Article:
In the preceding example, there are multiple flows for cTCP on TCP port 10000 (hex value 2710).
This traffic is sent to addresses within the 192.168.60.0/24 address block, which is used by affected devices. The packets in these flows may indicate an attempt to exploit this vulnerability. Administrators are advised to compare these flows to baseline utilization for cTCP traffic sent on TCP port 10000 and also investigate the flows to determine whether they are sourced from untrusted hosts or networks.
To view only the traffic flows for cTCP packets on TCP port 10000 (hex value2710), the show ip cache flow | include SrcIf|_06_.*2710 command will display the related TCP NetFlow records as shown here:
router#show ip cache flow | include SrcIf|_06_.*2710 SrcIf SrcIPaddress DstIf DstIPaddress Pr SrcP DstP Pkts Gi0/0 192.168.10.1 Gi0/1 192.168.60.1 06 0B8F 2710 1 Gi0/0 192.168.10.1 Gi0/1 192.168.60.1 06 0B8E 2710 1 Gi0/0 192.168.10.1 Gi0/1 192.168.60.1 06 0B8D 2710 1 Gi0/0 192.168.10.1 Gi0/1 192.168.60.1 06 0B8C 2710 1 Gi0/0 192.168.10.1 Gi0/1 192.168.60.1 06 0B8B 2710 1 router#
Cisco ASA, PIX, and FWSM Firewalls
Mitigation: Embryonic Connection Limiting with TCP Intercept
TCP Intercept can mitigate one component of the vulnerability: cTCP server may crash when processing a series of TCP packets (Cisco bug ID CSCsr16693) TCP Intercept will force connecting source endpoints to validate themselves through the use of SYN cookies. Administrator can configure this form of protection by using static NAT or static identity NAT for ASA, PIX, and FWSM firewalls. In addition, the ASA firewall and the Cisco PIX 500 Series Security Appliance may be configured to use TCP Intercept through the use of the Modular Policy Framework (MPF).
Additional information is available regarding on Static NAT, Static Identity NAT and the Modular Policy Framework.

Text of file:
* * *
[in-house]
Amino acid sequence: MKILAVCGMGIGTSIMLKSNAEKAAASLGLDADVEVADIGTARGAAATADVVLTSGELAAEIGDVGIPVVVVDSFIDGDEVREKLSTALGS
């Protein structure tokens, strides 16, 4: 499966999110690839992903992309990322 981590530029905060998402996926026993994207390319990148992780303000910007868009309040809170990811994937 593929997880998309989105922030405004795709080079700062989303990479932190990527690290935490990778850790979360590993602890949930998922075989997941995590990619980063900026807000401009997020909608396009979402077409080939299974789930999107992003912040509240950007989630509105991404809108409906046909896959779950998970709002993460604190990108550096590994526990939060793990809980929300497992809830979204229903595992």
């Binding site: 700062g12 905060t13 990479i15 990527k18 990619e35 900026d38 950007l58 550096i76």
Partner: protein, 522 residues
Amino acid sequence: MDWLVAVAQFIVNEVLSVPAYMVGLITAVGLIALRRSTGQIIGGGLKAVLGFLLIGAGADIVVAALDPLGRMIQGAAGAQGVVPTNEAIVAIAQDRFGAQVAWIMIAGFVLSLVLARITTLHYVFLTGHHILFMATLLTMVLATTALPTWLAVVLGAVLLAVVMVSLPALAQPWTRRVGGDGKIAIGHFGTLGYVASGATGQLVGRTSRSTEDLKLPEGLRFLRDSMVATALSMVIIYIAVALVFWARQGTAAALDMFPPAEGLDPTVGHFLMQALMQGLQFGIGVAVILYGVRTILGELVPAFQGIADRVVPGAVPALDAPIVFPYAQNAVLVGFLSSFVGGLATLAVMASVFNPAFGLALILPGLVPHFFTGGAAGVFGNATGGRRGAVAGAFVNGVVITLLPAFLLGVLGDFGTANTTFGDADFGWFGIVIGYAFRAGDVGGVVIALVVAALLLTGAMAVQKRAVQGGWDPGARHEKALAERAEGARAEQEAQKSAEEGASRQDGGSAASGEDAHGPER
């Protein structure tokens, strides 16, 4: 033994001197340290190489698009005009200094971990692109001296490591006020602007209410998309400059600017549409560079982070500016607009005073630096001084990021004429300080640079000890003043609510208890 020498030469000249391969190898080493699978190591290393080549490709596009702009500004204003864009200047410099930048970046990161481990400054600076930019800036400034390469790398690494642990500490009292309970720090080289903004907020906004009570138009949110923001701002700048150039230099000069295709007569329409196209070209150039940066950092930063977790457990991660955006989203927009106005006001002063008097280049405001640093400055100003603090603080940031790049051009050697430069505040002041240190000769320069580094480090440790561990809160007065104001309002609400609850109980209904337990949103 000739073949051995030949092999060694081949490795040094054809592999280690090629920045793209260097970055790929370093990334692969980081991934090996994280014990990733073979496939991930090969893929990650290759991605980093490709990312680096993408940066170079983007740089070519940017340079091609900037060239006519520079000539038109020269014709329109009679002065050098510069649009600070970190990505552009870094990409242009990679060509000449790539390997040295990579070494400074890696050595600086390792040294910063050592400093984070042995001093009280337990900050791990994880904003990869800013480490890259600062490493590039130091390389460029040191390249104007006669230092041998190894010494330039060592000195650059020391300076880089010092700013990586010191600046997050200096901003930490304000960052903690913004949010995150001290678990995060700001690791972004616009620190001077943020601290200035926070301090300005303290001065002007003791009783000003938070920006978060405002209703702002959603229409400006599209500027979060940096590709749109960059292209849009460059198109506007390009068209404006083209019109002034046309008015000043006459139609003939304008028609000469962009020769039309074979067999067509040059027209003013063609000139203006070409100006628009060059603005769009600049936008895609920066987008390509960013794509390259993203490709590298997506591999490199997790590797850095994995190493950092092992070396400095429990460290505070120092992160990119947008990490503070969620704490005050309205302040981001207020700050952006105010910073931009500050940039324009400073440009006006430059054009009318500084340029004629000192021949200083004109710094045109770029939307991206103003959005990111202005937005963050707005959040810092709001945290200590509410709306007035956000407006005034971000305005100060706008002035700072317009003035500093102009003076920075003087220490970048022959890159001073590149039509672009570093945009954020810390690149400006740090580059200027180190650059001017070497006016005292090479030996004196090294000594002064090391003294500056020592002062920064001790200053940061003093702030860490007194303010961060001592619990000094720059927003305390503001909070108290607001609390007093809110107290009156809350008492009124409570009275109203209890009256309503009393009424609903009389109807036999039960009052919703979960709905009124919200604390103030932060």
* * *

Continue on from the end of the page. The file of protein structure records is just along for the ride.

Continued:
In the following example, an embryonic connection limit of one will be set. This limit will, in effect, force simultaneous TCP connections to be validated using SYN cookies. The following commands will set an embryonic connection limit of one for connections to TCP port 10000 for hosts in the 192.168.60.0/24 subnet. It is possible to use the MPF configuration method to set an embryonic connection timeout. The default is 30 seconds. In the following example, the policy is applied globally to all interfaces.
! !-- Configure an access list that will be used to match on default cTCP traffic !-- to affected devices ! access-list TCP-Intercept-ACL extended permit tcp any 192.168.60.0 255.255.255.0 eq 10000 ! !-- Configure a class that uses the above-configured access list !-- to match TCP packets that are destined to the port used by cTCP ! class-map TCP-Intercept-Class match access-list TCP-Intercept-ACL ! ! !-- Add the above-configured "TCP-Intercept-Class" that matches !-- TCP packets that are destined to the default port that !-- is used by the cTCP feature to the default !-- policy "global_policy" and use it to inspect !-- TCP traffic that transits the firewall ! policy-map global_policy ! !-- For the TCP-Intercept-Class, set the embryonic connection maximum to 1, !-- which will trigger SYN cookies when there is more than one simultaneous connection. ! class TCP-Intercept-Class set connection embryonic-conn-max 1 ! !-- By default, the policy "global_policy" is applied !-- globally, which results in the inspection of !-- traffic that enters the firewall from all interfaces ! service-policy global_policy global